Buyer beware as bitcoin investors see a $2,000 fall in 24 hours
Bitcoin Investors had no time to count their profits as the cryptocurrency–worth a new record high of $11,395 on Wednesday 29 November 2017–lost $2,000 in just 24 hours plunging to $9,000 on Thursday 30 November 2017, before a slight improvement by the days end, according to GlobalData.
The 30 November bitcoin price placed the cryptocurrency’s market cap at a staggering $189 trillion, based on the total ever supply of bitcoins, not what have already been “mined” and available to buy. As of 3 December, 16,718,138 have been mined and are in circulation, giving a market cap of $150.5 trillion (at $9,000 per bitcoin).
The non-regulated cryptocurrency which has few traders, is a very volatile investment in the short term for whom the phrase ‘buyer beware’ could well have been invented, according to GlobalData. Indeed the Bank of England recently warned that Bitcoin investors "should do their homework". However those that bought Bitcoin in 2012 at $10 USD and held will testify to its long term return potential.
Bitcoin is a type of digital currency which was originally created for people to buy and sell goods online as an alternative to traditional payment methods, like cards, and dealing with banks. Transactions are made independently of any central banking system and recorded in a public distributed ledger known as a blockchain. Although originally set up as an alternative currency it is now mostly traded as an investment.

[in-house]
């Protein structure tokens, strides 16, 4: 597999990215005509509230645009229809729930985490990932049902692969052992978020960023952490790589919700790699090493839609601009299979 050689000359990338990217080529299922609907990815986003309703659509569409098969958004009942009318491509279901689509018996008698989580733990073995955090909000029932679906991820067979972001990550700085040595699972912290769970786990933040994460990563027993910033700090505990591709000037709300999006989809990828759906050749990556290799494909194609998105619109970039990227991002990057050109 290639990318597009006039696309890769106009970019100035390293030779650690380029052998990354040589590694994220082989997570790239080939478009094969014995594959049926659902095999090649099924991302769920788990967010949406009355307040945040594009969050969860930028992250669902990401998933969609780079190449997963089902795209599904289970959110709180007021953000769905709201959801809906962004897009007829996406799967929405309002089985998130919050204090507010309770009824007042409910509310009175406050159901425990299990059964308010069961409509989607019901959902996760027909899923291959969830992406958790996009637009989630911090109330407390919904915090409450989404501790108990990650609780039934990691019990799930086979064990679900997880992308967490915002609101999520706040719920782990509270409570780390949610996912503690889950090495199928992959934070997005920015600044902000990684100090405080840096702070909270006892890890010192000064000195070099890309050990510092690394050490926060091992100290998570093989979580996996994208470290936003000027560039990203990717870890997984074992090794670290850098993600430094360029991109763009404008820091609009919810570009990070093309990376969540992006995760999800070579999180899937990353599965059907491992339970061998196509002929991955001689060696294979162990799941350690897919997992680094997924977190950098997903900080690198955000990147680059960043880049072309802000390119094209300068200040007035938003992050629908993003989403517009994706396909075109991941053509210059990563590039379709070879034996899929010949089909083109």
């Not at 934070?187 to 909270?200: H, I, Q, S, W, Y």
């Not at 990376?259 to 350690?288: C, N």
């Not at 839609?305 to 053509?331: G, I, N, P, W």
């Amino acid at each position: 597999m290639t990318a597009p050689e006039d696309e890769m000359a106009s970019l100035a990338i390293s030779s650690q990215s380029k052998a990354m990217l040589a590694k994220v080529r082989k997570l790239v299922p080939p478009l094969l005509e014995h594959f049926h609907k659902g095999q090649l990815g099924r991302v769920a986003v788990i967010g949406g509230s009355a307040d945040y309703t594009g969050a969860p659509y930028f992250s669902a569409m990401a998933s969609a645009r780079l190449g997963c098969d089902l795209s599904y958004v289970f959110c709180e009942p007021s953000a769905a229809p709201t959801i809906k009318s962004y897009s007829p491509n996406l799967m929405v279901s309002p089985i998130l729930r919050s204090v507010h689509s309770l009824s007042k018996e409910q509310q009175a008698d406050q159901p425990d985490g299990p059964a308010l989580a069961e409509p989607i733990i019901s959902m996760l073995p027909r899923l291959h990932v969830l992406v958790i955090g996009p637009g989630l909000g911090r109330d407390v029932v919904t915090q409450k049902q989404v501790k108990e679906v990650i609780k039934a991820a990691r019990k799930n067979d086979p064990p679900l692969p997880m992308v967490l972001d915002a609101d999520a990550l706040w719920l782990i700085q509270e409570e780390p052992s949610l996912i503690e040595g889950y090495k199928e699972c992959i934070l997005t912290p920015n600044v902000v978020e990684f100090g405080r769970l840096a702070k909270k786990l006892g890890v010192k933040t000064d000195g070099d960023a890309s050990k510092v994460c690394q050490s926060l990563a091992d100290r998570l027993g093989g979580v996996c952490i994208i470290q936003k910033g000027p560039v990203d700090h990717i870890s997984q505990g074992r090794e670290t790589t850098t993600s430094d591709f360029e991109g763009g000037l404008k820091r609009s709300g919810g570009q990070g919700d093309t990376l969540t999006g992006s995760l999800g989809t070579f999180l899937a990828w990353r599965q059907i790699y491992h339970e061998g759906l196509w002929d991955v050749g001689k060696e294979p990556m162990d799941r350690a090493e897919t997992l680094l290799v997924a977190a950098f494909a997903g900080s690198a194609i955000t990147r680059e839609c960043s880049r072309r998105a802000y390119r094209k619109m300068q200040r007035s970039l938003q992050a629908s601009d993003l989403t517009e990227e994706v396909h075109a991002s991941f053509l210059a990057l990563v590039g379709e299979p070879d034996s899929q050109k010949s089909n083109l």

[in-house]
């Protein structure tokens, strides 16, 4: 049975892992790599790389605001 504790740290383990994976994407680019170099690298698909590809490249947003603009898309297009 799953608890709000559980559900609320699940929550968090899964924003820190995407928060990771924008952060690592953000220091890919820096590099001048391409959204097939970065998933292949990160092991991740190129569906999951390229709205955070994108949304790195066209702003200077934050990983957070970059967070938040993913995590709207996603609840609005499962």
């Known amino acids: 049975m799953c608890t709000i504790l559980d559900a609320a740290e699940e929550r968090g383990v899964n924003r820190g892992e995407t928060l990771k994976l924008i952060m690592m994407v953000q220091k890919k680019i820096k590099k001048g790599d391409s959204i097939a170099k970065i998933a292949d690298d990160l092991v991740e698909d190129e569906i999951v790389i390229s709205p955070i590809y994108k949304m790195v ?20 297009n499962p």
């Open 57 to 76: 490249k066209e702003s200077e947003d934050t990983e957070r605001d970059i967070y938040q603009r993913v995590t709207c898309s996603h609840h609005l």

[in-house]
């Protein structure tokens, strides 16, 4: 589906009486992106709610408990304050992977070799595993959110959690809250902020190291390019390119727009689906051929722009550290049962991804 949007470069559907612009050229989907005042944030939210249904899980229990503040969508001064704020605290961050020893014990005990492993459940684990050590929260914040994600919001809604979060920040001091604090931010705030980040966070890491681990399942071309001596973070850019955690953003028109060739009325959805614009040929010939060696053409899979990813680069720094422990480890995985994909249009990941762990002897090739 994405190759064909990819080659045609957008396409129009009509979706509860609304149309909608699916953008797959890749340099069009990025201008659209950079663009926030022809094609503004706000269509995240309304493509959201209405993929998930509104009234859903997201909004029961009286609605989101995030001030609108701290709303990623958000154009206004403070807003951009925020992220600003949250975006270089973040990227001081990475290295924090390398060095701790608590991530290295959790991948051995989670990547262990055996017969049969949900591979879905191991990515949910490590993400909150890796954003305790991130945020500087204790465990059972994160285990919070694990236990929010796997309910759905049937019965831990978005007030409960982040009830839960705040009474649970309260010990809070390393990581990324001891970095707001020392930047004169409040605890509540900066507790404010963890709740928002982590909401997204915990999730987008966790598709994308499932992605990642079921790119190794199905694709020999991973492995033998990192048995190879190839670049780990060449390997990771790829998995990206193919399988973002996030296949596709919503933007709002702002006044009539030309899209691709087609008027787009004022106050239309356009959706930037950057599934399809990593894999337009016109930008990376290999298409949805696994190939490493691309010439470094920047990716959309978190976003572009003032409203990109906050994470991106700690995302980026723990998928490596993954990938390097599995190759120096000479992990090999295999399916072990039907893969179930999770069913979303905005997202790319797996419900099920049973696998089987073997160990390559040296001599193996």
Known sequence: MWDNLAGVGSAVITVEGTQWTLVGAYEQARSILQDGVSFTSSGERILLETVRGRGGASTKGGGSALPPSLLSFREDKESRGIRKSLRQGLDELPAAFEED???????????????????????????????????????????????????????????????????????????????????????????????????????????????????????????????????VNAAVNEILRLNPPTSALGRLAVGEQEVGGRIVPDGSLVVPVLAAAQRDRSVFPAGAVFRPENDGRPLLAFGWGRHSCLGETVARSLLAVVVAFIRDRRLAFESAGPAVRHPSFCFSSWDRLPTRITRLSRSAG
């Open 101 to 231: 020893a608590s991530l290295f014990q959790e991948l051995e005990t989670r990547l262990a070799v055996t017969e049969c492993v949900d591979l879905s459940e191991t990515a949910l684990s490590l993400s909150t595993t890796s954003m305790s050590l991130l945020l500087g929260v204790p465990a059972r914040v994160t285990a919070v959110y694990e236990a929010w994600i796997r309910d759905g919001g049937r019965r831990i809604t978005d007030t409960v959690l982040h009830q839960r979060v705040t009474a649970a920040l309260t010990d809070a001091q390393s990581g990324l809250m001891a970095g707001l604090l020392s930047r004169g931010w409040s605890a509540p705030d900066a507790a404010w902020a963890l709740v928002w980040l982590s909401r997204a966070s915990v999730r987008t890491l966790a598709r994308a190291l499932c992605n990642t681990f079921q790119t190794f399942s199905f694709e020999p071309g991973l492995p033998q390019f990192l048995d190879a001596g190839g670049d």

Many Bitcoin investors are speculative by nature with little or no trading experience. Typically they are drawn into the market by the ease of trading–which simply requires an internet connection–an interest in new kinds of investment and a belief that they can make a quick profit.
“With only 21 million bitcoins able to be ‘mined’ you have a classic situation here where limited supply generates market excitement, high demand and prices go up. But like any market, Bitcoin trades are based on investor confidence and I think what we’ve seen here is the armchair investor becoming nervous about something they have little knowledge of and bailing out before the bubble bursts,” said Kit Carson, Head of Banking and Fintech at GlobalData.
Bitcoin has the first mover advantage, however it’s not clear what its value is linked to and there are plenty of other cryptocurrencies out there for investors to choose including NEO, Litecoin, Monero, Dash and Zcash.
‘‘With something like the Hong Kong Dollar (HKD) an investor knows what they are buying and can be confident that it is controlled, in this case by the Hong Kong Monetary Authority (HKMA) which sets interest rates. Value is based on a clearly understood and transparent entity, the performance of the Hong Kong economy. However, nobody knows what the levers are for Bitcoin or whether it is a currency to be traded or an asset to be held onto,” said Carson.
Bitcoin pricing is very arbitrary with few mechanisms for setting price and all operated by independent and unregulated exchanges with many commentators pointing to the real prospect of prices being manipulated through collusion between exchanges and fraudulent practices.
‘‘With the US Securities and Exchange Commission (SEC) choosing not to approve a Bitcoin exchange-traded fund (ETF) application in 2017 all eyes are now on other regulators to see how they will manage cryptocurrency’s going forward,” added Carson.